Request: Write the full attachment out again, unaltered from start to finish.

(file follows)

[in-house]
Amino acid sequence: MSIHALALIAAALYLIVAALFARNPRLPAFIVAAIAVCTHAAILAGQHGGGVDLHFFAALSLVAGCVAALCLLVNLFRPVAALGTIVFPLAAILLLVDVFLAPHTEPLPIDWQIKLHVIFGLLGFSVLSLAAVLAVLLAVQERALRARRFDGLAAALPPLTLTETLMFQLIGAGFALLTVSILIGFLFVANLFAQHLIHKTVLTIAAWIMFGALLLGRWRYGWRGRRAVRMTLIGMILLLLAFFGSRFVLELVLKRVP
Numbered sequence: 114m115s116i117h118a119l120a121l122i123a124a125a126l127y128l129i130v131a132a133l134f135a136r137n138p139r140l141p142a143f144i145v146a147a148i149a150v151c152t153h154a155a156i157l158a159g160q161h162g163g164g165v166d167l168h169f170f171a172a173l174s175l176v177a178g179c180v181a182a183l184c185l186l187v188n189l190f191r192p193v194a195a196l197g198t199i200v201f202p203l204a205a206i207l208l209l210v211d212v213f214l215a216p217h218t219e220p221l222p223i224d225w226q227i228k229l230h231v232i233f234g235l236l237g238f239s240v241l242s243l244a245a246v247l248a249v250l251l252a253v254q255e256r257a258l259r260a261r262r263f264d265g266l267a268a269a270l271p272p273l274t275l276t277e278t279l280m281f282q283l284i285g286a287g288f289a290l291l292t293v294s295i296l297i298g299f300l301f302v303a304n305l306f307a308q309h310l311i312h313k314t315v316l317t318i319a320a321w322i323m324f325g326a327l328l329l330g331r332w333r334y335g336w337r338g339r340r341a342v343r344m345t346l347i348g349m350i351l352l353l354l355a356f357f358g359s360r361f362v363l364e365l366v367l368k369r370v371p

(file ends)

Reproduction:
[in-house]
Amino acid sequence: MSIHALALIAAALYLIVAALFARNPRLPAFIVAAIAVCTHAAILAGQHGGGVDLHFFAALSLVAGCVAALCLLVNLFRPVAALGTIVFPLAAILLLVDVFLAPHTEPLPIDWQIKLHVIFGLLGFSVLSLAAVLAVLLAVQERALRARRFDGLAAALPPLTLTETLMFQLIGAGFALLTVSILIGFLFVANLFAQHLIHKTVLTIAAWIMFGALLLGRWRYGWRGRRAVRMTLIGMILLLLAFFGSRFVLELVLKRVP
Numbered sequence: 114m115s116i117h118a119l120a121l122i123a124a125a126l127y128l129i130v131a132a133l134f135a136r137n138p139r140l141p142a143f144i145v146a147a148i149a150v151c152t153h154a155a156i157l158a159g160q161h162g163g164g165v166d167l168h169f170f171a172a173l174s175l176v177a178g179c180v181a182a183l184c185l186l187v188n189l190f191r192p193v194a195a196l197g198t199i200v201f202p203l204a205a206i207l208l209l210v211d212v213f214l215a216p217h218t219e220p221l222p223i224d225w226q227i228k229l230h231v232i233f234g235l236l237g238f239s240v241l242s243l244a245a246v247l248a249v250l251l252a253v254q255e256r257a258l259r260a261r262r263f264d265g266l267a268a269a270l271p272p273l274t275l276t277e278t279l280m281f282q283l284i285g286a287g288f289a290l291l292t293v294s295i296l297i298g299f300l301f302v303a304n305l306f307a308q309h310l311i312h313k314t315v316l317t318i319a320a321w322i323m324f325g326a327l328l329l330g331r332w333r334y335g336w337r338g339r340r341a342v343r344m345t346l347i348g349m350i351l352l353l354l355a356f357f358g359s360r361f362v363l364e365l366v367l368k369r370v371p